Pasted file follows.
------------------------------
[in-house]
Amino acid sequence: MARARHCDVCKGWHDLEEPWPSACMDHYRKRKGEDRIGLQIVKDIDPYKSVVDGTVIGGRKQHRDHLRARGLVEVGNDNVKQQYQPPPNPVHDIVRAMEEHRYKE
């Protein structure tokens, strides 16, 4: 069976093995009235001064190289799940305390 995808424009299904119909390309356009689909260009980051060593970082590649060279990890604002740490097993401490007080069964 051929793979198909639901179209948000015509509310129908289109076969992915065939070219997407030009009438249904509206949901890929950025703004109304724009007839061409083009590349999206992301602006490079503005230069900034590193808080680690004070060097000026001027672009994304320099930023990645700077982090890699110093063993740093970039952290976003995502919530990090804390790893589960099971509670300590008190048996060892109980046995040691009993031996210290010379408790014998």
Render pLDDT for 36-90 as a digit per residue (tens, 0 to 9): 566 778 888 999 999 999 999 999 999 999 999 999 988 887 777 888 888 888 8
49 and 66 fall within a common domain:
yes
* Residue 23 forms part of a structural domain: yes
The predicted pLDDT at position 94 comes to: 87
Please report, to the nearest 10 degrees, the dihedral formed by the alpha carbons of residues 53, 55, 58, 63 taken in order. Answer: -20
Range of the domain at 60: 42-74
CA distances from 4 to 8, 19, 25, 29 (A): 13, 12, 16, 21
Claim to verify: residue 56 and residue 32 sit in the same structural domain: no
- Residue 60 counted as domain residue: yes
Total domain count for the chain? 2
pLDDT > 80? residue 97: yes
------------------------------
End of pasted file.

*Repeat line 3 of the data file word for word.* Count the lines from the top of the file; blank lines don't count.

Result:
């Protein structure tokens, strides 16, 4: 069976093995009235001064190289799940305390 995808424009299904119909390309356009689909260009980051060593970082590649060279990890604002740490097993401490007080069964 051929793979198909639901179209948000015509509310129908289109076969992915065939070219997407030009009438249904509206949901890929950025703004109304724009007839061409083009590349999206992301602006490079503005230069900034590193808080680690004070060097000026001027672009994304320099930023990645700077982090890699110093063993740093970039952290976003995502919530990090804390790893589960099971509670300590008190048996060892109980046995040691009993031996210290010379408790014998």